25/02/2013

I went to Madrid and did nothing else with my life

Oh hey there, ¿qué tal?

Firstly I'd like to alert you all to the fact that I'm almost up to date with Glee, so that's alright and you can all stop worrying. It's proper kicking off on the programme though. Of course, that's not why you're here (although why you'd prefer to hear about my life instead of the inner workings of Glee, I have no idea...), and instead let me regale you with tales from my exciting life. 'Exciting' here meaning 'average going to uni, watching TV, rolling around on the floor shouting 'HELP I'M SO BORED', doing uni work (... sometimes), and going to Madrid for about 3 days.

Madrid is the capital of Spain, so obviously I had to go at some point. And also because el boyfriend   was going to watch something football-related (it was 'Man United v Real Madrid'. He says it was a 'good game' and that 'it was daunting celebrating the United goal in the Madrid end'. He equally '[wants] to be viewed as a mysterious character', but that's nothing to do with football).

Wikipedia - the greatest, most reliable information provider EVER - says that '[Madrid] is the third-largest city in the European Union, after London and Berlin, and its metropolitan area is the third-largest in the European Union after London and Paris', which is definitely interesting, and probably an essay topic for many a Spanish student the world over. Or not. I haven't a clue, no hablo español. Anyway, the Spanish royal family live(d?) there, I reckon it's the past tense, but then again, where else would they live? I have no idea; I'm only providing my opinion. They don't live in the palace though, although I only know that because I went in and had a look around. 



This is inside the palace, you're not allowed to take pictures. F-word the police.

We also were very very cultured and went to two art galleries - the Reina Sofía, and the del Prado. Fancy fancy fancy. The Reina Sofía is a more modern art gallery - it's the one with Picasso's Guernica in - and you're allowed to take photos and things, except not of the Guernica, alas. However, please enjoy some cultural diversions for a couple of seconds:
This is the entrance to the Reina Sofía
The boxes are part of a book sale, and the huge sculpture is by Roy Lichtenstein

Cubo de Nylon - Jesús Soto

This was part of a larger exhibition on Feminism, the images surrounding this one
focused on waitressing and submission to men. 

Spain is very Anti-Capitalist I've noticed. Although this is written in French.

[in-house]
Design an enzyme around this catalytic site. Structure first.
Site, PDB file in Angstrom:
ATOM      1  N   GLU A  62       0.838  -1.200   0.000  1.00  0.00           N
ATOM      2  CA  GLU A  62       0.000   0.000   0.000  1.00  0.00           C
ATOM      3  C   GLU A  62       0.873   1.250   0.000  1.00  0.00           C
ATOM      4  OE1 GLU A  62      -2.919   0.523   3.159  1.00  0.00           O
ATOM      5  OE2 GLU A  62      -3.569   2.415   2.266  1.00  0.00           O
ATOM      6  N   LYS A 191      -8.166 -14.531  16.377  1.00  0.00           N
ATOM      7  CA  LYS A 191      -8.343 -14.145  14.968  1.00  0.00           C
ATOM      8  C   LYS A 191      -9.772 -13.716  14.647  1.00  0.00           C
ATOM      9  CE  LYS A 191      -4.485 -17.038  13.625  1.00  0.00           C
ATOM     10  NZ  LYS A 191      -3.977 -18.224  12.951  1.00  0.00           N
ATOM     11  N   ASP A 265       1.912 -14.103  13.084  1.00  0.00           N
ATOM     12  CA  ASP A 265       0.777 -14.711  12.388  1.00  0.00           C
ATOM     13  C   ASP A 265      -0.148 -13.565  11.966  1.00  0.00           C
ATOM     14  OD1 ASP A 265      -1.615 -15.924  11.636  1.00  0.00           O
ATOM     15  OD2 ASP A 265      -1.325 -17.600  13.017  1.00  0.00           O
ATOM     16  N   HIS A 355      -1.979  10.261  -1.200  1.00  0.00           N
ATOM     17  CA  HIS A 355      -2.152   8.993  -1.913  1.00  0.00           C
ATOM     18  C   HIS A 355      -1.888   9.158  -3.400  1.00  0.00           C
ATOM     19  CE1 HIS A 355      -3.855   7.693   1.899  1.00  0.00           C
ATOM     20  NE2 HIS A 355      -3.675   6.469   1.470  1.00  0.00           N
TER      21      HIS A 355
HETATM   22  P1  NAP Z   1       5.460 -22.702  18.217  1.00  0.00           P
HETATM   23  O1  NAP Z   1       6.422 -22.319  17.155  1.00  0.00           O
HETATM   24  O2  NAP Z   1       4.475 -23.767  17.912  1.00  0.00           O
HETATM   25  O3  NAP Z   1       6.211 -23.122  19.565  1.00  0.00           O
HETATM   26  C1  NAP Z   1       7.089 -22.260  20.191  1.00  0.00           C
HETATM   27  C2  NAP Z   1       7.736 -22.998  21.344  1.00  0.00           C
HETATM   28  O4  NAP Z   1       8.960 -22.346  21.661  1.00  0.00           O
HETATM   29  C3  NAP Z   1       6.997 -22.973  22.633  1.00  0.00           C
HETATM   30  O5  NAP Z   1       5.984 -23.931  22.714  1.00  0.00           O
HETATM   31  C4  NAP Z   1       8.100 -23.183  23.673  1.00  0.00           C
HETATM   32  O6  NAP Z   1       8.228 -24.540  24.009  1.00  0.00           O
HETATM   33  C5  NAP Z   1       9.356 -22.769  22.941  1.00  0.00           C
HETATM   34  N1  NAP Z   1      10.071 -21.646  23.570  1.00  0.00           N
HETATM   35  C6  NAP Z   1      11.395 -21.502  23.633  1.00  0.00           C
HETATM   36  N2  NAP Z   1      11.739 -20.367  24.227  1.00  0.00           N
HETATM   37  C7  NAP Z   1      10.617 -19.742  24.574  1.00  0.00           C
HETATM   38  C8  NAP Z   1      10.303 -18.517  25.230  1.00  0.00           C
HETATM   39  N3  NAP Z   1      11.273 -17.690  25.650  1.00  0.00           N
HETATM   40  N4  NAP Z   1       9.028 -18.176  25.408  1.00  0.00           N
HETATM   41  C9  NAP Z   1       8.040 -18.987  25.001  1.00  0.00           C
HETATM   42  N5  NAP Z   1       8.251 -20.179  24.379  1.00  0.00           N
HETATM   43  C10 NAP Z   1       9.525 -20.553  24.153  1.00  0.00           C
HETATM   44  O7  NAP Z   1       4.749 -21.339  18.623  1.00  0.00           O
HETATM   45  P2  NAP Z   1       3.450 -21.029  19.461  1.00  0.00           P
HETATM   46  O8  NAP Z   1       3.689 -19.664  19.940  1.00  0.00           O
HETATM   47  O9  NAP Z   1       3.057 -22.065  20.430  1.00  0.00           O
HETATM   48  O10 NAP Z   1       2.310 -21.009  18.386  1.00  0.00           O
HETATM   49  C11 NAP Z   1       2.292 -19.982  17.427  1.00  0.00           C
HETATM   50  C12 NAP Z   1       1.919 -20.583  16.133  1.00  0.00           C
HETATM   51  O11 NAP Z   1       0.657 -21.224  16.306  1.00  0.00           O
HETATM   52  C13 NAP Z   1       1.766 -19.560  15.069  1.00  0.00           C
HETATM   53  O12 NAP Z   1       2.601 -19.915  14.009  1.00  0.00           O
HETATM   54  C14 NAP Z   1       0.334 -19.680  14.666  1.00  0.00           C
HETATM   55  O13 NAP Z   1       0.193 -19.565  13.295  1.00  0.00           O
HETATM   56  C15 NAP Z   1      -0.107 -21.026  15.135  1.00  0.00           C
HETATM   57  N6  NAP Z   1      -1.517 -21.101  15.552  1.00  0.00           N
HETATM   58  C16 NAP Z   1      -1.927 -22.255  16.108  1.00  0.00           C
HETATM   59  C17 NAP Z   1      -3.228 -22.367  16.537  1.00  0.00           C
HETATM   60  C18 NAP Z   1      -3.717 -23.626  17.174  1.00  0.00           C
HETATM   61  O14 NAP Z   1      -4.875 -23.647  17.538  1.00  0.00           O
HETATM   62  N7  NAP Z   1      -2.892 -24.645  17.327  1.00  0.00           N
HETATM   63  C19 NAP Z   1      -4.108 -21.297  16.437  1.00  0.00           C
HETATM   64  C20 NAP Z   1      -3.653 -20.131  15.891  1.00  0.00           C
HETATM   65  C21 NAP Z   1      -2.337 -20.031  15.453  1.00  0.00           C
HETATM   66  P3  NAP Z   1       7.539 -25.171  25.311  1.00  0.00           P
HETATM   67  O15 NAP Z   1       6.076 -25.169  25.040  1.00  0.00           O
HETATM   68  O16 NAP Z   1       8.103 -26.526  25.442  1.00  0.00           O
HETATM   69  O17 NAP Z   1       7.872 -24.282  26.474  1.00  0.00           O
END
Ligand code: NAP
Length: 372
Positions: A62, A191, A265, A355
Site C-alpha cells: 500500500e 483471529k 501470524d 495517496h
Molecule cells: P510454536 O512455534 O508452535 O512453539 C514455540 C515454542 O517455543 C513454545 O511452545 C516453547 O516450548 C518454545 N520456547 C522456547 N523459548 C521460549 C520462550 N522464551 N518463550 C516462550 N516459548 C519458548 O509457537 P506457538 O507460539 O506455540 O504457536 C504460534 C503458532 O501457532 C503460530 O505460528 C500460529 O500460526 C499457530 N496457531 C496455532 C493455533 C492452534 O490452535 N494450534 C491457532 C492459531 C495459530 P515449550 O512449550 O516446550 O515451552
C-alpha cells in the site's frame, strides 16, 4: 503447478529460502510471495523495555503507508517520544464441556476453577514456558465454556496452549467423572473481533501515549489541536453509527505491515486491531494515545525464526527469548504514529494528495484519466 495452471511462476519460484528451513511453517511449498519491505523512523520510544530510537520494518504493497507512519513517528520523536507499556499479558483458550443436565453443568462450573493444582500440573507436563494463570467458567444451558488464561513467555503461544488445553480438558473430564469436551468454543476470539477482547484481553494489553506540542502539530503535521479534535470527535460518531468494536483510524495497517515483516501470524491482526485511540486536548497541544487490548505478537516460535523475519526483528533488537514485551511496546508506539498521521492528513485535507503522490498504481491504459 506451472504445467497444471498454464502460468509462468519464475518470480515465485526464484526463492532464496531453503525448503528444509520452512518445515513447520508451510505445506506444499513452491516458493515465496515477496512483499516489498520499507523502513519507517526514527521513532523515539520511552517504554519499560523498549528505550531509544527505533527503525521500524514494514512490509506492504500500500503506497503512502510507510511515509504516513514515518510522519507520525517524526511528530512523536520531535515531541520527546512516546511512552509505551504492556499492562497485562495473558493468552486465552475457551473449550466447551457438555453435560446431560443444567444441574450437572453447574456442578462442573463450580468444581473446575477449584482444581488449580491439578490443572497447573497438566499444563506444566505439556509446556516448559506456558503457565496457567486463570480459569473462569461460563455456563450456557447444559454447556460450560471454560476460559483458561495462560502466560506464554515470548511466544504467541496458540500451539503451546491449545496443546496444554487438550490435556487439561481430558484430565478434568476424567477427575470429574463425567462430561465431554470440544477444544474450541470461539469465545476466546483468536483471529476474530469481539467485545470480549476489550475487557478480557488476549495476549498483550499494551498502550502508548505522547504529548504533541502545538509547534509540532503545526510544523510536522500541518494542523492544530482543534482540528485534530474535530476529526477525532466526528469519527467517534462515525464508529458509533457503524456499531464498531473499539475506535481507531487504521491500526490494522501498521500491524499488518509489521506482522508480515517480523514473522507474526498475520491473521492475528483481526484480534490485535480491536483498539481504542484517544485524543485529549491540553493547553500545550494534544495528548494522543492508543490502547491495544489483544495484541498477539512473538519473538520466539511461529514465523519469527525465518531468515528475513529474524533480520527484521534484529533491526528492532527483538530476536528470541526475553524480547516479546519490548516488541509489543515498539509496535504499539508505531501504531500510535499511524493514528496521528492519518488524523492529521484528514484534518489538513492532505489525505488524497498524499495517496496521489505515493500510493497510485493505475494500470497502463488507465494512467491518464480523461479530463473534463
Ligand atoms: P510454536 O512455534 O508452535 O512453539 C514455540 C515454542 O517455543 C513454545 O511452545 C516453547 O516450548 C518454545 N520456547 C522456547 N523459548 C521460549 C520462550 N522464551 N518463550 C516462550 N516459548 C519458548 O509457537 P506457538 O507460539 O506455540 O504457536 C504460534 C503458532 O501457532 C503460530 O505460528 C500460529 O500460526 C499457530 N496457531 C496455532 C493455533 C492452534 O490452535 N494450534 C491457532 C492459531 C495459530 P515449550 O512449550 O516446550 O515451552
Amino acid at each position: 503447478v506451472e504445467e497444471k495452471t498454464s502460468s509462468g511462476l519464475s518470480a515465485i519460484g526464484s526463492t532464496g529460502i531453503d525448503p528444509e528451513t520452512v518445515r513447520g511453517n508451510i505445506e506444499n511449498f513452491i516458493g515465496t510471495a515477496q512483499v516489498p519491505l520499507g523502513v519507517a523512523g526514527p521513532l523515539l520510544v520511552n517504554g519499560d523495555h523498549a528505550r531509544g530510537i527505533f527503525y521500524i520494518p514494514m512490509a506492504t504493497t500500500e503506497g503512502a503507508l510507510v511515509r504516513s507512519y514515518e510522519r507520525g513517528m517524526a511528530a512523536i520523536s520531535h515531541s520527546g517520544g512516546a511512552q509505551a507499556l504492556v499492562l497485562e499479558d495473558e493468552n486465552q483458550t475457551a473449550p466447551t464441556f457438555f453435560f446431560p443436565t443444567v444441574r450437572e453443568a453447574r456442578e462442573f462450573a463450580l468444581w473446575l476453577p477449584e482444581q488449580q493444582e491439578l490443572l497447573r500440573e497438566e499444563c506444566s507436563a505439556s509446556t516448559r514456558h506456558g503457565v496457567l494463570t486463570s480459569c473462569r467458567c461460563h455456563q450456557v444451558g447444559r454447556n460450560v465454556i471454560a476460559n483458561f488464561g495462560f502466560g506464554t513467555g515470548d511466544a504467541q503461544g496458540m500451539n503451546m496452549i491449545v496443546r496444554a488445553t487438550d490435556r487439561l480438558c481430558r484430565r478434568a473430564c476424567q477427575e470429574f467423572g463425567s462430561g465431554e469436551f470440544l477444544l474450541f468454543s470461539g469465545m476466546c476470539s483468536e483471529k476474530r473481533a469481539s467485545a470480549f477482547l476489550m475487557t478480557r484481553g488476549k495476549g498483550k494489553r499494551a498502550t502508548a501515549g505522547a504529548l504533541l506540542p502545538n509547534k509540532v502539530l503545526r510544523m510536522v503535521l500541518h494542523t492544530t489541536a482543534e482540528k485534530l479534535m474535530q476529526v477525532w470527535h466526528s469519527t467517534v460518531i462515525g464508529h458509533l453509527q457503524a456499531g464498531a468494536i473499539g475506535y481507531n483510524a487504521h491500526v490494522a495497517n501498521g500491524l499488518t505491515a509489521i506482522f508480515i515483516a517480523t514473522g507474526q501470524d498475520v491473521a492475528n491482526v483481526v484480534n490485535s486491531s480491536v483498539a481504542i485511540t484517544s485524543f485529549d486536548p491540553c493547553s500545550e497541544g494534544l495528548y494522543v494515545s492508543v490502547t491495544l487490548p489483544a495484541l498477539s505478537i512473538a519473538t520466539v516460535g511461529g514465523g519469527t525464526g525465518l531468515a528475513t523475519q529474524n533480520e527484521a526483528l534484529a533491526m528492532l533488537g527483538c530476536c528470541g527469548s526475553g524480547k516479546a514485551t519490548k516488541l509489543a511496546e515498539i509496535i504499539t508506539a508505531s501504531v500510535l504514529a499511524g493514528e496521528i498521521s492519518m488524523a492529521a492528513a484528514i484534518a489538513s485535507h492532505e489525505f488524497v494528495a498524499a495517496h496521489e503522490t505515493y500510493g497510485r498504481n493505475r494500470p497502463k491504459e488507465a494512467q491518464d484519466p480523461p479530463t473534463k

If I can't include any Picasso, you can have some Dalí instead.

After those artistic musings, which I'm sure you very much appreciated (because I did - I can be quite a stereotypical English student, you know), we went to El Retiro, which is a massive park, and had a wander around/got a bit lost. There was another exhibition the Palacio de Cristal which is basically a very fancy greenhouse, and the exhibition was loads of string wrapped around the inside. Mental. We weren't expecting it, to be honest. And then we went in a rowing boat, because we're romantic as romantic things. Although I did most of the rowing, because I didn't get into the boat for romantic reasons. Just had a laugh rowing lol. 


This is the string wrapped around. It's called 'Two Golden Rings', by Jiří Kovanda.
Also I took this picture. A* GCSE Photography student, thank you.

This is me having a laugh in a boat. Look at that grin. Terrifying, truly terrifying.
The next day, we went to the Prado, which had much older paintings, and I had a bit of a look at pictures by the Teenage Mutant Ninja Turtles: or literally just Raphael, and a student of Da Vinci, but we spent so long trying to remember their names that they deserve a mention. Anyway, because the paintings were so old, I couldn't take any pictures. 'WHY?!', I hear you cry in your masses. Well, dear readers, it's because the flash is too bright and something to do with acid. I did work experience in an art gallery in Year 10, which is why I remember about as much as I do of my Science GCSE: 'something to do with acid'.

After this (like directly after) we triumphantly returned to Zaragoza, powered by sour cream and chive Pringles (the best ones, if you're not in a Paprika mood, of course) and the man driving the bus back. 

That's it. That's my Madrid blog. It was good. I'll go back to whinging about uni from now on. 

2 comments:

  1. How did you end up in zaragoza? i'm half spanish, my family lives there i swear it's one of the most BORING cities in all spain!! Also, how do you communicate with people??? I don't know anyone who speaks -decent- english there

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  2. My university told me I couldn't go to France for a full year, so I came to Spain instead and the uni in Zaragoza was the only university they had a link with. :)

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